6. Influence of the Tool Shoulder Contact Conditions on the Material Flow During Friction Stir Welding

    NASA Astrophysics Data System (ADS)

    Doude, Haley R.; Schneider, Judy A.; Nunes, Arthur C.

    2014-09-01

    Friction stir welding (FSWing) is a solid-state joining process of special interest in joining alloys that are traditionally difficult to fusion weld. In order to optimize the process, various numeric modeling approaches have been pursued. Of importance to furthering modeling efforts is a better understanding of the contact conditions between the workpiece and the weld tool. Both theoretical and experimental studies indicate the contact conditions between the workpiece and weld tool are unknown, possibly varying during the FSW process. To provide insight into the contact conditions, this study characterizes the material flow in the FSW nugget by embedding a lead (Pb) wire that melted at the FSWing temperature of aluminum alloy 2195. The Pb trace provided evidence of changes in material flow characteristics which were attributed to changes in the contact conditions between the weld tool and workpiece, as driven by temperature, as the tool travels the length of a weld seam.

  7. A comparison of predicted and measured inlet distortion flows in a subsonic axial inlet flow compressor rotor

    NASA Technical Reports Server (NTRS)

    Owen, Albert K.

    1992-01-01

    Detailed flow measurements were taken inside an isolated axial compressor rotor operating subsonically near peak efficiency. These Laser Anemometer measurements were made with two inlet velocity profiles. One profile consisted of an unmodified baseline flow, and the second profile was distorted by placing axisymmetric screens on the hub and shroud well upstream of the rotor. A detailed comparison in the rotor relative reference frame between a Navier-Stokes solver and the measured experimental results showed good agreement between the predicted and measured flows. A primary flow is defined in the rotor and deviations and the computed predictions is made to assess the development of a passage vortex due to the distortion of the inlet flow. Computer predictions indicate that a distorted inlet profile has a minimal effect on the development of the flow in the rotor passage and the resulting passage vortex.

  8. Nutrition Screening Tools and the Prediction of Clinical Outcomes among Chinese Hospitalized Gastrointestinal Disease Patients

    PubMed Central

    Wang, Fang; Chen, Wei; Bruening, Kay Stearns; Raj, Sudha

    2016-01-01

    Nutrition risk Screening 2002 (NRS-2002) and Subjective Global Assessment (SGA) are widely used screening tools but have not been compared in a Chinese population. We conducted secondary data analysis of a cross-sectional study which included 332 hospitalized gastrointestinal disease patients, collected by the Gastrointestinal department of Peking Union Medical College Hospital (PUMCH) in 2008. Results of NRS-2002 and SGA screening tools, complications, length of stay (LOS), cost, and death were measured. The agreement between the tools was assessed via Kappa (κ) statistics. The performance of NRS-2002 and SGA in predicting LOS and cost was assessed via linear regression. The complications and death prediction of tools was assessed using receiver operating characteristic (ROC) curves. NRS-2002 and SGA identified nutrition risk at 59.0% and 45.2% respectively. Moderate agreement (κ >0.50) between the two tools was found among all age groups except individuals aged ≤ 20, which only slight agreement was found (κ = 0.087). NRS-2002 (R square 0.130) and SGA (R square 0.140) did not perform differently in LOS prediction. The cost prediction of NRS-2002 (R square 0.198) and SGA (R square 0.190) were not significantly different. There was no difference between NRS-2002 (infectious complications: area under ROC (AUROC) = 0.615, death: AUROC = 0.810) and SGA (infectious complications: AUROC = 0.600, death: AUROC = 0.846) in predicting infectious complication and death, but NRS-2002 (0.738) seemed to perform better than SGA (0.552) in predicting non-infectious complications. The risk of malnutrition among patients was high. NRS-2002 and SGA have similar capacity to predict LOS, cost, infectious complications and death, but NRS-2002 performed better in predicting non-infectious complications. PMID:27490480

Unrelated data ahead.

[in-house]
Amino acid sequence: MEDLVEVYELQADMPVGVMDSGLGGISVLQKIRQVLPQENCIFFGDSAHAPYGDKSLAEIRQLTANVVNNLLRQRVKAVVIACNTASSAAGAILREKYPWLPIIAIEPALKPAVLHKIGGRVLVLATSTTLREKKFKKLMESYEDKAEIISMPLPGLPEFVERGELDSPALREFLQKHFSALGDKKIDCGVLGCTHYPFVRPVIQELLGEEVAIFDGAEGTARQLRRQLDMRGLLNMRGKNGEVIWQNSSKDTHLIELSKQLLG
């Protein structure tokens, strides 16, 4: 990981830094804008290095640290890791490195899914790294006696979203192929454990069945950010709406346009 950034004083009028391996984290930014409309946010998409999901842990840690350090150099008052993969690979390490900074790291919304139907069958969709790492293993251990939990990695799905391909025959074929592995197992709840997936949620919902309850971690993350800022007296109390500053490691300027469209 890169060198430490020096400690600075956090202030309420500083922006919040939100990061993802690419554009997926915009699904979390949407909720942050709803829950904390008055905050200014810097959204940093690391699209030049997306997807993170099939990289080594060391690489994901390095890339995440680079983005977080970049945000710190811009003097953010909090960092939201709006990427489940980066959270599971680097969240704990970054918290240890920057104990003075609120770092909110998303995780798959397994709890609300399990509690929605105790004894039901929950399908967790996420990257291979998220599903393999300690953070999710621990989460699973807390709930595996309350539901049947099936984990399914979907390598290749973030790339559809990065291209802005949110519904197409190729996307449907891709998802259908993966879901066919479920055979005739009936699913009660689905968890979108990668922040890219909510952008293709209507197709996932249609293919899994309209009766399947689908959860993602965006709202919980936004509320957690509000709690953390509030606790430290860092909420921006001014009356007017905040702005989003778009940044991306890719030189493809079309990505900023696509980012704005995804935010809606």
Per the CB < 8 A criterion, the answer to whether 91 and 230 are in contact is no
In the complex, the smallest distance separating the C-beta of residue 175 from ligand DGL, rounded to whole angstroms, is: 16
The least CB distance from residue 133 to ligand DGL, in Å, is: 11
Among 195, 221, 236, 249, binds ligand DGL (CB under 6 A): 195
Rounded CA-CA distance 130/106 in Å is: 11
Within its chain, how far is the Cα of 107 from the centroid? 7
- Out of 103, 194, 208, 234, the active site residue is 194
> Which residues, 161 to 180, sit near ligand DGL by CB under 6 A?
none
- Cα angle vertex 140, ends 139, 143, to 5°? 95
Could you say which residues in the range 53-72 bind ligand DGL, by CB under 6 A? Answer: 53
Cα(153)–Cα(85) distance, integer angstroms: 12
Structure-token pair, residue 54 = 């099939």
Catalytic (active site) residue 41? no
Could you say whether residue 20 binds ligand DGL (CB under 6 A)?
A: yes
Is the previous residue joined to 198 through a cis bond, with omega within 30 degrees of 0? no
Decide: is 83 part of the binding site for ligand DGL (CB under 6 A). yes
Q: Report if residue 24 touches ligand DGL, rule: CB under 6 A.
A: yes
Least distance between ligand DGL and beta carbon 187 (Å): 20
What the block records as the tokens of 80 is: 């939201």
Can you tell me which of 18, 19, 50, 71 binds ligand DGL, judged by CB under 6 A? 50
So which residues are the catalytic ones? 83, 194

9. Hemodynamic flow modeling through an abdominal aorta aneurysm using data mining tools.

    PubMed

    Filipovic, Nenad; Ivanovic, Milos; Krstajic, Damjan; Kojic, Milos

    2011-03-01

    Geometrical changes of blood vessels, called aneurysm, occur often in humans with possible catastrophic outcome. Then, the blood flow is enormously affected, as well as the blood hemodynamic interaction forces acting on the arterial wall. These forces are the cause of the wall rupture. A mechanical quantity characteristic for the blood-wall interaction is the wall shear stress, which also has direct physiological effects on the endothelial cell behavior. Therefore, it is very important to have an insight into the blood flow and shear stress distribution when an aneurysm is developed in order to help correlating the mechanical conditions with the pathogenesis of pathological changes on the blood vessels. This insight can further help in improving the prevention of cardiovascular diseases evolution. Computational fluid dynamics (CFD) has been used in general as a tool to generate results for the mechanical conditions within blood vessels with and without aneurysms. However, aneurysms are very patient specific and reliable results from CFD analyses can be obtained by a cumbersome and time-consuming process of the computational model generation followed by huge computations. In order to make the CFD analyses efficient and suitable for future everyday clinical practice, we have here employed data mining (DM) techniques. The focus was to combine the CFD and DM methods for the estimation of the wall shear stresses in an abdominal aorta aneurysm (AAA) underprescribed geometrical changes. Additionally, computing on the grid infrastructure was performed to improve efficiency, since thousands of CFD runs were needed for creating machine learning data. We used several DM techniques and found that our DM models provide good prediction of the shear stress at the AAA in comparison with full CFD model results on real patient data.